Alabama’s ‘River City,’ located on the banks of Wheeler Lake, is another haven for outdoor enthusiasts. Recreational activities abound in this part of Alabama, with hiking, biking, and explorations of its various parks at the top of things to do. Other than this, the city also has several museums and a beautiful Historic District that has some exquisite architecture.
The city is also known for its festivals which attract people from all over. One of the biggest festivals here is the Alabama Jubilee, a balloon race that began in 1978. The Spirit of America Festival is another Decatur festival that brings in the crowds.
One of the few tourist-oriented resort towns in the state, Gulf Shores ranks high on places to visit in Alabama. Renowned for its white-sand beaches, culinary diversity and tourist attractions, the southernmost settlement along the Gulf of Mexico is a great getaway.
While the beaches are definitely the high point of a visit here, there are other places worth exploring. The Gulf State Park with its hiking trails and recreational activities is a popular destination as is its Fishing Pier. Another destination that is growing in popularity is the Alabama Gulf Coast Zoo.
Located in North Alabama, the town of Guntersville along the shores of Lake Guntersville serves as a great base for those wanting to explore the environs of Lake Guntersville State Park. Named after the great-grandson of famous American cowboy Will Rogers, the town is notable for its cowboys and bald eagles. Also notable is the sheer number of lakeside recreational facilities such as swimming, boating, and fishing.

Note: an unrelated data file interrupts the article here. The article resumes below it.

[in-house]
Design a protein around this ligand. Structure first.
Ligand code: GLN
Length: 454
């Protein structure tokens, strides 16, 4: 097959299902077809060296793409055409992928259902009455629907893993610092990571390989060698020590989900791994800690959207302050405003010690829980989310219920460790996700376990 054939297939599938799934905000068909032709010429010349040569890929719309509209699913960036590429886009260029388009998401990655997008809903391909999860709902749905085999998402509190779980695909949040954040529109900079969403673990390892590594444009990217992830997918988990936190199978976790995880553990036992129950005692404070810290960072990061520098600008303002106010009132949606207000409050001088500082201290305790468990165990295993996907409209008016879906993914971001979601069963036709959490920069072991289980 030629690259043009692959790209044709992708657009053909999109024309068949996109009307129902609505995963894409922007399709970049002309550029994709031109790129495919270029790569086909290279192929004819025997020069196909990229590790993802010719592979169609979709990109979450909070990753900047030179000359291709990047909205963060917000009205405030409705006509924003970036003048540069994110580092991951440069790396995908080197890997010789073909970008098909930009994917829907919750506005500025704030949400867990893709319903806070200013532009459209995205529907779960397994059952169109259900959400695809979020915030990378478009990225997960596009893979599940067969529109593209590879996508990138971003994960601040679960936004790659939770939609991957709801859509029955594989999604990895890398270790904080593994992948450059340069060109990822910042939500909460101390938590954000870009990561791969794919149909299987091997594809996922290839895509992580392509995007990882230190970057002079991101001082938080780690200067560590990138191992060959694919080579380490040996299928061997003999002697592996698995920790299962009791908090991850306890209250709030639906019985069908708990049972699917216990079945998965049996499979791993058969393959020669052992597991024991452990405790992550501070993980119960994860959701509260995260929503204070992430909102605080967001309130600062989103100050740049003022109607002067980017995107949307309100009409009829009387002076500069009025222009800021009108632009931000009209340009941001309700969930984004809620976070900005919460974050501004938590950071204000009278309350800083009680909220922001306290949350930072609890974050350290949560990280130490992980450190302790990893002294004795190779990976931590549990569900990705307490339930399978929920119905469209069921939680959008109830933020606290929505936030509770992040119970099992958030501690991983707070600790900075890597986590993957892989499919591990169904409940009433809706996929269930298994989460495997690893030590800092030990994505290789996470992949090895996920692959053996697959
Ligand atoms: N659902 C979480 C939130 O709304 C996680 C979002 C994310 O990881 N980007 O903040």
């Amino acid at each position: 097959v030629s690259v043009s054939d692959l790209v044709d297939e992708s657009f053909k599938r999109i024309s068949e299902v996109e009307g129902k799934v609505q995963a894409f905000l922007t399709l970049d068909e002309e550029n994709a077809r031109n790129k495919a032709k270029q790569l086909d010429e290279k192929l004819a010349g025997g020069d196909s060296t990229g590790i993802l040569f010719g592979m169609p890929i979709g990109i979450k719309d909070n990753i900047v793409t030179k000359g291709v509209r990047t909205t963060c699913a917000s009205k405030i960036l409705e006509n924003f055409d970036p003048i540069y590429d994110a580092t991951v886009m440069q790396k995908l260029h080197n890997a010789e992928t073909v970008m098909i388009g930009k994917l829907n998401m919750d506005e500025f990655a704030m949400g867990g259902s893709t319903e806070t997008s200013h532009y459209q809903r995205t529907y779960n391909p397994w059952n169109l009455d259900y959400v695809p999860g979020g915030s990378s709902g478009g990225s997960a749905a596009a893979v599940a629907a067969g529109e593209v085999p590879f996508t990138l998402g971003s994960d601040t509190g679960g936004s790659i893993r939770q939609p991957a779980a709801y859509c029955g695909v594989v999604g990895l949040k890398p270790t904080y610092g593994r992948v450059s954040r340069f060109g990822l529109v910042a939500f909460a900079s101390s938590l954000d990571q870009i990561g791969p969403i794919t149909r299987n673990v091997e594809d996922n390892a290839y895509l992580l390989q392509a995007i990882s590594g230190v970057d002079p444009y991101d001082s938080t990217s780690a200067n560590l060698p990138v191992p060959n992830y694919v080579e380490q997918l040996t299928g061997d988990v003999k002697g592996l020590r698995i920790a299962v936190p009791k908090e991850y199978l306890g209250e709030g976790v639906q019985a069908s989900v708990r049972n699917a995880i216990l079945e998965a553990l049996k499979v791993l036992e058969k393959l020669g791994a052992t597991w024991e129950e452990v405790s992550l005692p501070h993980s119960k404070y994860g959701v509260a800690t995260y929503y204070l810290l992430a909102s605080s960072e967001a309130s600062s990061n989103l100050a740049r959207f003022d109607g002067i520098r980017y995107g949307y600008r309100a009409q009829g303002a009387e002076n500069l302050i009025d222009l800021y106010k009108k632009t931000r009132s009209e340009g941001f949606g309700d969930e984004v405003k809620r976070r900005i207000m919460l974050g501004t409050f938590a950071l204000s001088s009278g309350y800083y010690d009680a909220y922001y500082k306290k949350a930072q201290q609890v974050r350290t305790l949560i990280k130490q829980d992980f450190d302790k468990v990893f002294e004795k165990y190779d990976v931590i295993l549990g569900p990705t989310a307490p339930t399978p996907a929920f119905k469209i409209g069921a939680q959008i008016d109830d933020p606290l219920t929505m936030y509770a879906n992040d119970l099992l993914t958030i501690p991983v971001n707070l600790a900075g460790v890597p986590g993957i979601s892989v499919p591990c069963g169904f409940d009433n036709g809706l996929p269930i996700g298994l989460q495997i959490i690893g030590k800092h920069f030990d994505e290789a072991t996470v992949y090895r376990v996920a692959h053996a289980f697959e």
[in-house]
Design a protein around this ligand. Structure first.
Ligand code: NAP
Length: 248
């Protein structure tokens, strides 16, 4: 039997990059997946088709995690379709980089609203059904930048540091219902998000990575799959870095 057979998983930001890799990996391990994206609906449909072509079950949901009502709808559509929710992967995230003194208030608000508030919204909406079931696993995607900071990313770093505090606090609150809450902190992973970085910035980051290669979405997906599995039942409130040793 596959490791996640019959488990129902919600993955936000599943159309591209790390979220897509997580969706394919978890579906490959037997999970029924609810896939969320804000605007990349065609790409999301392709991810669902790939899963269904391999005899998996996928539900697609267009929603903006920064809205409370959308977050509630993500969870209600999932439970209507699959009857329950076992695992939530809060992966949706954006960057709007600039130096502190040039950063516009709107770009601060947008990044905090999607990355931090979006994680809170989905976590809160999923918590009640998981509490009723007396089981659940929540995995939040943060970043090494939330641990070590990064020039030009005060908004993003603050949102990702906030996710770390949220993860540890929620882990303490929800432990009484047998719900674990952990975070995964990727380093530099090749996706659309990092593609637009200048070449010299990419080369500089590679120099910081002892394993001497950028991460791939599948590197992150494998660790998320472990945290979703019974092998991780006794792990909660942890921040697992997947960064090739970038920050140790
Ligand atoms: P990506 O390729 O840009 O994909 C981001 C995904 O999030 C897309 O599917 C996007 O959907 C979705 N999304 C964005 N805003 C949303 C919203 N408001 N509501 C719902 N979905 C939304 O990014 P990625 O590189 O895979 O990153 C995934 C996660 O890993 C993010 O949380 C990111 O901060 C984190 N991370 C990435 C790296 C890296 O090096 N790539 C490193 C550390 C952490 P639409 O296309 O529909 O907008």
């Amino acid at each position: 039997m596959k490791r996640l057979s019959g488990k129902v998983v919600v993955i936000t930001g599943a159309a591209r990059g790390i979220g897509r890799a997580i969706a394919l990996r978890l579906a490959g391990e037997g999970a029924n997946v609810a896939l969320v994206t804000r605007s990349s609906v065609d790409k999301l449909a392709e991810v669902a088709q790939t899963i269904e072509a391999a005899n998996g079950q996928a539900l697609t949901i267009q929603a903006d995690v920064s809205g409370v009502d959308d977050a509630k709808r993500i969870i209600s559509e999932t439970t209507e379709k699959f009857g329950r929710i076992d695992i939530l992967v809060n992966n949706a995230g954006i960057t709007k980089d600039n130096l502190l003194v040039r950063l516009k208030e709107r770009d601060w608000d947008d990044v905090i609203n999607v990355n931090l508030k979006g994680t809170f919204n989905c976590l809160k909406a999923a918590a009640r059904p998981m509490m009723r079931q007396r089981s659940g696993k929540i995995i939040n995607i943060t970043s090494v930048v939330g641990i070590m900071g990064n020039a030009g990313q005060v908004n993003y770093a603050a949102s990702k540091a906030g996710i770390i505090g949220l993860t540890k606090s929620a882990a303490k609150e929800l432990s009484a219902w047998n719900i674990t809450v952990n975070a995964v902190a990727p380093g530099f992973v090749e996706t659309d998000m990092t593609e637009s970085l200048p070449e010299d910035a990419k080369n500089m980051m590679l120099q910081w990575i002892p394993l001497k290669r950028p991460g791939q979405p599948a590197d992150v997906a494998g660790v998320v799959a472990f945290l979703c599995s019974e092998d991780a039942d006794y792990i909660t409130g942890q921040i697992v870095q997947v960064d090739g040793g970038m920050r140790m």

Lake Guntersville State Park comprises 6,000 acres of natural forest, a veritable treat for nature enthusiasts. Hiking and biking trails along with recreational fishing make this a popular weekend destination. The park also has an on-site golf course and other commercial activities that include a zipline course.
Home to NASA’s Marshall Space Flight Center, the city of Huntsville is aptly nicknamed Rocket City. Not surprisingly, its most popular attraction, touted as one of the best places to visit in Alabama, is the US Space & Rocket Center. Catering to all age groups, the exhibits, and interactive spaces attract a huge crowd.
Besides its connection to rockets and space, Hunstville also has an interesting history. Enjoy a walk back in time at the Twickenham Historic District, home to the largest collection of gorgeous antebellum homes in the South. When you’re done with exploring the city a good idea would be to unwind at the beautiful Huntsville Botanical Garden.
Little River Canyon